October 7, 2011
image by Craig Zerbe
Ptolemy, the Greek astronomer, dominated medieval science, and his crater dominates the central region of the Earth-facing hemisphere of the Moon. Ptolemaeus, the Latinized version of the Greek name, is 153 km wide and 2.6 km deep. The rim is battered and a piece is missing on the west side. To the south, Alphonsus slightly overlaps Ptolemaeus, showing that Alphonsus is younger. To the north, the fresh crater Herschel does not overlap Ptolemaeus, but its secondary craters gouge the older crater's floor. Ptolemaeus is famous for the shallow saucers that dimple its floor. These features have such shallow slopes that they are only detected for a short time near sunrise and sunset. The easiest to spot is Ptolemaeus B, which is 14.5 km wide. The second easiest saucer is just south of Ptolemaeus M. I spent a pleasant 2+ hours trying to identify each peak. Peak designations are no longer official and the most recent map showing them is the rather schematic Blagg & Muller IAU map of 1935. I also checked the maps of the sources of the designations: Beer & Madler, Neison and Schmidt - what fun! And what confusion! Someday designations will be needed for many peaks and mountains on the Moon that already have them, but since such names are no longer tracked there will be much uncertainty. A good project would be to make a new photographic nomenclature map that includes peaks. The annotated image here is an example.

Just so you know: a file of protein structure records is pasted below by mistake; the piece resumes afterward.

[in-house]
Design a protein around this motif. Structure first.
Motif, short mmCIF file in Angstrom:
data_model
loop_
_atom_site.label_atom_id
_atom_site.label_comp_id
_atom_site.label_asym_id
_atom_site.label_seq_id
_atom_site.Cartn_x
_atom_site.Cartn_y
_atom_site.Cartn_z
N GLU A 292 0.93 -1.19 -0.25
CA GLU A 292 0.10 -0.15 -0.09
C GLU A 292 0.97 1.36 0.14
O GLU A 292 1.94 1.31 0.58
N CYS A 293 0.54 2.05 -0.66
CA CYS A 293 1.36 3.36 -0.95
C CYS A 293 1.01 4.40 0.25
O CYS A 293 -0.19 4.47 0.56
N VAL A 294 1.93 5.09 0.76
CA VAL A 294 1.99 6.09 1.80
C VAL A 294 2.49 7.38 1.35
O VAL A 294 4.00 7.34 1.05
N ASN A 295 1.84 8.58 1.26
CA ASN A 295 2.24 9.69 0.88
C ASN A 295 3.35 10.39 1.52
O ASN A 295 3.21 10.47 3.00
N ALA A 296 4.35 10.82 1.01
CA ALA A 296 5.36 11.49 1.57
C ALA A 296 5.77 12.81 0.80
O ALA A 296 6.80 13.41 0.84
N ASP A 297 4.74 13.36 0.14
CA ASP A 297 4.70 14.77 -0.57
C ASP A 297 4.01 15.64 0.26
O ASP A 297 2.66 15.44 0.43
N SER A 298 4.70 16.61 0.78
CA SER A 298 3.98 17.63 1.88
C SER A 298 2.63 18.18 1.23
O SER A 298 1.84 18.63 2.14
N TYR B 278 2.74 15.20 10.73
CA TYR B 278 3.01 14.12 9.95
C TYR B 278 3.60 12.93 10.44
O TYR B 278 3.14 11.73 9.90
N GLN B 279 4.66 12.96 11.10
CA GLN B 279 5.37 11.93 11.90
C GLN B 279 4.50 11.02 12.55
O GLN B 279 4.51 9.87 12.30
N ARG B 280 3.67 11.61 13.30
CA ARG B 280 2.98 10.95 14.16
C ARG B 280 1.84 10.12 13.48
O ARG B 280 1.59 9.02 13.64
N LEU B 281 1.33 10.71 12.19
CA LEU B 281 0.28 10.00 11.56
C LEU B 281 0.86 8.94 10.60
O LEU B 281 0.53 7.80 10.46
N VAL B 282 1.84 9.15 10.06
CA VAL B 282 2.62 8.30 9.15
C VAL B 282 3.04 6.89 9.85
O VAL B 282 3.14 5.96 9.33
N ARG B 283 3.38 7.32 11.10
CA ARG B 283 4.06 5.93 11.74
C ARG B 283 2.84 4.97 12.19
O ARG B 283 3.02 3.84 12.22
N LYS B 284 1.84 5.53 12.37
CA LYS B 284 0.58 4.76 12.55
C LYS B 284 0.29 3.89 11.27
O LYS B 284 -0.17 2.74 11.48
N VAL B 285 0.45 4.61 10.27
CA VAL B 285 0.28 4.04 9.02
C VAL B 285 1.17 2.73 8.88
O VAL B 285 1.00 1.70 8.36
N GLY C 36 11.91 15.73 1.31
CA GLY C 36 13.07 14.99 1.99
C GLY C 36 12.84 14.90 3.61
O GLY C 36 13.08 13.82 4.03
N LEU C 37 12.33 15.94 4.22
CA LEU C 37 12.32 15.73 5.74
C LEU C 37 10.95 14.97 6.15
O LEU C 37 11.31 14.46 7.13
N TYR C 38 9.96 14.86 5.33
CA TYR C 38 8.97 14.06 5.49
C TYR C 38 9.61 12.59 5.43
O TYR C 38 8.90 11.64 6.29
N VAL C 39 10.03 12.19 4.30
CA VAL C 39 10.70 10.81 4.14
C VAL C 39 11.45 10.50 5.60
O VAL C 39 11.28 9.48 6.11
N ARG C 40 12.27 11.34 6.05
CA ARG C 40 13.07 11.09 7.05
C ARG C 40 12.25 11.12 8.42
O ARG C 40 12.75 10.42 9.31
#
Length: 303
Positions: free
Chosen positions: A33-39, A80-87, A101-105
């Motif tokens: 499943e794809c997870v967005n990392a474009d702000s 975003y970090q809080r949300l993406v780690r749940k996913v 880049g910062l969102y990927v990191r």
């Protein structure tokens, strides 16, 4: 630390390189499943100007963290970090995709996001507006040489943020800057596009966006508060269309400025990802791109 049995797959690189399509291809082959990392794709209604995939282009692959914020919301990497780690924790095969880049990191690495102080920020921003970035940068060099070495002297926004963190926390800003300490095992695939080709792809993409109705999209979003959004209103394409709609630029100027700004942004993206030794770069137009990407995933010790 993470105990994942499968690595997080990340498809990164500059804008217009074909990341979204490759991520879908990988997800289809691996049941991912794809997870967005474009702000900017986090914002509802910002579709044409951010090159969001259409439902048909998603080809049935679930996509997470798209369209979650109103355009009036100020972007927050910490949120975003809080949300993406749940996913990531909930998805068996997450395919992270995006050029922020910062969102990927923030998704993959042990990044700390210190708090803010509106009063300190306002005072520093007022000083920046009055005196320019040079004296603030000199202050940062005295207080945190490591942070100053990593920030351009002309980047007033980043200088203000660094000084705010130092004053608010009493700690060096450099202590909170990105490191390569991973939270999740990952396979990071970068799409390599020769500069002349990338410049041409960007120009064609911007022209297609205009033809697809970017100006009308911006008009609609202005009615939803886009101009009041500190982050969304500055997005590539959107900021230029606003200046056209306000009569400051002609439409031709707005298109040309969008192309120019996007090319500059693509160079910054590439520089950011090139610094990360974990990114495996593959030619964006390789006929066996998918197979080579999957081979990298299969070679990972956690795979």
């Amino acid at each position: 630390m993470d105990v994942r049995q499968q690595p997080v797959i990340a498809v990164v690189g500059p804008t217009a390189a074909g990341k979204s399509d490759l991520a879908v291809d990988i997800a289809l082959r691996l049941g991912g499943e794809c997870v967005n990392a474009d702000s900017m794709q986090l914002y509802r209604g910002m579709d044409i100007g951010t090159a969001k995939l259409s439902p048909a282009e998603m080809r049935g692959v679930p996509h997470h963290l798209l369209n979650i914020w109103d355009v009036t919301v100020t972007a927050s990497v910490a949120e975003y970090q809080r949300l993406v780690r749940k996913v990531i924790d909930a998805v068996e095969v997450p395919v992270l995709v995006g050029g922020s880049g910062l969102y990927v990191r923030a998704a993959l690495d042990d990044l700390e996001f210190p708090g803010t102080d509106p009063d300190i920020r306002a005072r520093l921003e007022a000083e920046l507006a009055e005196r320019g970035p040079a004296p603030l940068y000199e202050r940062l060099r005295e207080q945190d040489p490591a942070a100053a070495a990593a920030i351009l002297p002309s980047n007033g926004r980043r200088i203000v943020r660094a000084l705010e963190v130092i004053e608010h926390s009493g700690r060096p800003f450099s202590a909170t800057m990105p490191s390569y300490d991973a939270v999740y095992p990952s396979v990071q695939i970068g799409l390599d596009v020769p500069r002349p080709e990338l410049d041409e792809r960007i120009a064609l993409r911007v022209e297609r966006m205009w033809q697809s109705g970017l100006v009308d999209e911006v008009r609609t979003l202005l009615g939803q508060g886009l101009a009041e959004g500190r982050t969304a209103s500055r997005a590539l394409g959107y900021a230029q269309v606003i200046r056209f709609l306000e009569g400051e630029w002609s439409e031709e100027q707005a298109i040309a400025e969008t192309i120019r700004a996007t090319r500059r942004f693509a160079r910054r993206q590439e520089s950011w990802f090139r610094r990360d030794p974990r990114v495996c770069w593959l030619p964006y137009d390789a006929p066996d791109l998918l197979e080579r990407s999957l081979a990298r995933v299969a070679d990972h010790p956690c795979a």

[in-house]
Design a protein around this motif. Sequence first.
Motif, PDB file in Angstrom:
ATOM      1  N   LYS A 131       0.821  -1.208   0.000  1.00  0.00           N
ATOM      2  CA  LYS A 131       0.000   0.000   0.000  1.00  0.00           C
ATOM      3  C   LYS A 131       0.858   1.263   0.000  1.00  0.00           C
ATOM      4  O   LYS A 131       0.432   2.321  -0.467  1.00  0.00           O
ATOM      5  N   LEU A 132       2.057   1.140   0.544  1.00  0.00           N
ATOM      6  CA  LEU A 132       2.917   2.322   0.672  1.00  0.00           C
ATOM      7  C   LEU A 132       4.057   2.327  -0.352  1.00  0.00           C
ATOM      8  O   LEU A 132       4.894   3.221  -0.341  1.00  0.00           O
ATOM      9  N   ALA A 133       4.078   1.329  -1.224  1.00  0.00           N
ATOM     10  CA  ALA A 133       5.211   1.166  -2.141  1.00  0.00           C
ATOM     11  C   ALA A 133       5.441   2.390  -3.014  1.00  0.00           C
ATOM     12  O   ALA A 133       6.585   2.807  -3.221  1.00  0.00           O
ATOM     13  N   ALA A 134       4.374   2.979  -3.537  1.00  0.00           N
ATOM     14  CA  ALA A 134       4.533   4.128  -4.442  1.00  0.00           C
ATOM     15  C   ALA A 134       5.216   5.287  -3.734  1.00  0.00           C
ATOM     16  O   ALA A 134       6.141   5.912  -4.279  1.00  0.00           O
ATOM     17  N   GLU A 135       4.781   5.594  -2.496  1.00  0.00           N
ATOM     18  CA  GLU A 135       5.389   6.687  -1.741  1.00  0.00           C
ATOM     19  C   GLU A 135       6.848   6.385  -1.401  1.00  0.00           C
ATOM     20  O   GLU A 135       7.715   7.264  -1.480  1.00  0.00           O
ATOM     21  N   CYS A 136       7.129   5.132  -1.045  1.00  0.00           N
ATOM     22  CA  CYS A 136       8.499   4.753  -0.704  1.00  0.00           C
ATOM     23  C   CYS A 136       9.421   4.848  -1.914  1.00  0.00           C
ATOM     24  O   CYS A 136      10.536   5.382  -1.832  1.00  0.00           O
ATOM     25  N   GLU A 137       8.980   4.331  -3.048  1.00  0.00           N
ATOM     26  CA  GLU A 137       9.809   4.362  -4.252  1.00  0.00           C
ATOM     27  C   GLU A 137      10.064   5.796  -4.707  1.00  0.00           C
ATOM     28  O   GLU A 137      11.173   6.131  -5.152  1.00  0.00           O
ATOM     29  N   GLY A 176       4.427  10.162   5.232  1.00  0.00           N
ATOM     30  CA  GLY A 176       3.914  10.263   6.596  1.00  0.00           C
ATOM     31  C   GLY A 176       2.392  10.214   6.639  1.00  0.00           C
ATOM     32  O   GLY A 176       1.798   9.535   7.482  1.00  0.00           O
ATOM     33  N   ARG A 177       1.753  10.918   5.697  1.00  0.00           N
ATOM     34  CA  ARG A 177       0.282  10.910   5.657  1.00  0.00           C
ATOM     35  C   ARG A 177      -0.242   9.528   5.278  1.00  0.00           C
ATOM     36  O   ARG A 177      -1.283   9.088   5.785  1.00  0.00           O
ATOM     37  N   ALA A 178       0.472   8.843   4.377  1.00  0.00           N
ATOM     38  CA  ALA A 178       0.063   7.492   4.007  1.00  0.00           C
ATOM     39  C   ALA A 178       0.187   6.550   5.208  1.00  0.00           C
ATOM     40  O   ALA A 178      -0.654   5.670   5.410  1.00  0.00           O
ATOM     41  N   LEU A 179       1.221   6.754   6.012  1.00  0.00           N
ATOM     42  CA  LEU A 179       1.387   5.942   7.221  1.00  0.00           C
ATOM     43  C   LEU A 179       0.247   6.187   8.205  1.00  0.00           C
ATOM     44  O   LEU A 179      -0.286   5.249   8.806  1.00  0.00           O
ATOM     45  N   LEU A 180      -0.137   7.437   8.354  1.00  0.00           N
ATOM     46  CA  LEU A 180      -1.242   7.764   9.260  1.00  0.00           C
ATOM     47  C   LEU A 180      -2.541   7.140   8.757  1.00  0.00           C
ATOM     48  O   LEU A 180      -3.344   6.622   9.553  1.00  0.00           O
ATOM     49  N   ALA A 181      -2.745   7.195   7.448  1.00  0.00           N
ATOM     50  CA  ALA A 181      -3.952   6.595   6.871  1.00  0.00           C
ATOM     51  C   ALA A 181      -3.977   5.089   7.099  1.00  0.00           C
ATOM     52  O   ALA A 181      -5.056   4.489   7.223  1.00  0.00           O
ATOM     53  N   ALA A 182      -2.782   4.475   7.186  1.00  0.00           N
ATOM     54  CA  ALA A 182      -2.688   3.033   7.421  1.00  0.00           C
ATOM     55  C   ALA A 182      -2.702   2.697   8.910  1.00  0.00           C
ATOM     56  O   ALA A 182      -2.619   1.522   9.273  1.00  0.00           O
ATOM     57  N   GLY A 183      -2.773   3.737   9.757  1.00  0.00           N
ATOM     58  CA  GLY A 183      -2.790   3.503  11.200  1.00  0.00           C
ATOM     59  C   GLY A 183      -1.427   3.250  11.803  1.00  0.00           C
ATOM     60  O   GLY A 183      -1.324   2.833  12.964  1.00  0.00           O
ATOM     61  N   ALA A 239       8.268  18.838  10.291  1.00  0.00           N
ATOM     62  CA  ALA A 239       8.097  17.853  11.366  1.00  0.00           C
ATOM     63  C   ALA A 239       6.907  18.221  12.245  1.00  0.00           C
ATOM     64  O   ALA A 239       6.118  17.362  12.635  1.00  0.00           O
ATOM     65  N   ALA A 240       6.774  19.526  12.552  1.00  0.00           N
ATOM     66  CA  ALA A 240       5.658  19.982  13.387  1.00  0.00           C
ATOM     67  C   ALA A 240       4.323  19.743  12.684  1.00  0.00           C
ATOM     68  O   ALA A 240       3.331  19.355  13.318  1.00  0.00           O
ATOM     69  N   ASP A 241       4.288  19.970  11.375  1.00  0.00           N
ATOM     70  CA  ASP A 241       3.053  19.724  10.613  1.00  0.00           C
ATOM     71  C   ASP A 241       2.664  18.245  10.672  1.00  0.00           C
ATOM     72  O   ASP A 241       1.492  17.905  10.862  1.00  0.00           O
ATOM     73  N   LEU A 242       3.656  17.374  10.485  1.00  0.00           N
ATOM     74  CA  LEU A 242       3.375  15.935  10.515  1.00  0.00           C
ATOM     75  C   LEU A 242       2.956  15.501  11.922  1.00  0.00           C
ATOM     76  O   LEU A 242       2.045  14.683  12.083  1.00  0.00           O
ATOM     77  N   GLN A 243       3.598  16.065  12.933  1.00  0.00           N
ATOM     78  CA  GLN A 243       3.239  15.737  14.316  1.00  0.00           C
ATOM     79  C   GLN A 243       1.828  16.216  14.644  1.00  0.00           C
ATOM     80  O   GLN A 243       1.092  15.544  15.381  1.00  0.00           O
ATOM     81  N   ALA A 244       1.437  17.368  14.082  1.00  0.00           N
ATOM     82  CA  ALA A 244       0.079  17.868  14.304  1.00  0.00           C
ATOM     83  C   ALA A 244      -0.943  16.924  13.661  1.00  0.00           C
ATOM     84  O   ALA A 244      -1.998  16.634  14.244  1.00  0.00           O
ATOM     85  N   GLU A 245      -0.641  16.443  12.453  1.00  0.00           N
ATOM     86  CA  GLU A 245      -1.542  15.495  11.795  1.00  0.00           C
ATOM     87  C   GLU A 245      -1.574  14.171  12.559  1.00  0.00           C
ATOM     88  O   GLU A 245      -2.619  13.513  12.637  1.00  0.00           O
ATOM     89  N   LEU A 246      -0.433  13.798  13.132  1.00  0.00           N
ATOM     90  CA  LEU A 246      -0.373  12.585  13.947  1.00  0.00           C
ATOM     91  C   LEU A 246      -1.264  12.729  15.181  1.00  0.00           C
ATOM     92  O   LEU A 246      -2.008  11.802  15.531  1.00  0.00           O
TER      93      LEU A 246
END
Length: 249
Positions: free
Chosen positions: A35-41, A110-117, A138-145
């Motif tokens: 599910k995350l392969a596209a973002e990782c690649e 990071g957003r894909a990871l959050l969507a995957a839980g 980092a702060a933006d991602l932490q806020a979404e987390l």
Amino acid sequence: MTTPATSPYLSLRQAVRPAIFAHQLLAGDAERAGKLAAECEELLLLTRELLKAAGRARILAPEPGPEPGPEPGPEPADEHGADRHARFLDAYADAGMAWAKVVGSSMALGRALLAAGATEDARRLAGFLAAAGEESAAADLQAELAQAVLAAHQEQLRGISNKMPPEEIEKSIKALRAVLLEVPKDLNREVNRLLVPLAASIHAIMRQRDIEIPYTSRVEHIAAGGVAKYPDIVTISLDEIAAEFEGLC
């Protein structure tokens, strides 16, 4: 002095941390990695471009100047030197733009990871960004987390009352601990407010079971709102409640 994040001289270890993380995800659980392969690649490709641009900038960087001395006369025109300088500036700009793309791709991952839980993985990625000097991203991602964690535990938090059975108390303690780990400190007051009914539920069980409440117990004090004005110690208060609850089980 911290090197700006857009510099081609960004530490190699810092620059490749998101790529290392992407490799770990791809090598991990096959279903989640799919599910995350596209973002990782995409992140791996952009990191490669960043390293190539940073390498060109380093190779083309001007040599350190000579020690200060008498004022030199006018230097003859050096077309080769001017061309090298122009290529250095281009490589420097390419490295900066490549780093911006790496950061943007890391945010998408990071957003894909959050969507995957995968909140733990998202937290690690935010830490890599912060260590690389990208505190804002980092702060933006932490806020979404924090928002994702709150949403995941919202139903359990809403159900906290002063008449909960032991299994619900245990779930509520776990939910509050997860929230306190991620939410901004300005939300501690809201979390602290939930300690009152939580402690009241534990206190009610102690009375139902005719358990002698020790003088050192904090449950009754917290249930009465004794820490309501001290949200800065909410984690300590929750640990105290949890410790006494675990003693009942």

Still travelling; a classic LPOD from March 3, 2004. Make sure you check the March 4, 2004 LPOD also.
Celestron 11 inch SCT mounted on a Losamady G11, using an Astrovid 2000 camera on Oct 20, 2000. More than 250 stacked images.
Rükl plate 44
Yesterday's LPOD: The Two Fundamental Processes
Tomorrow's LPOD: Homework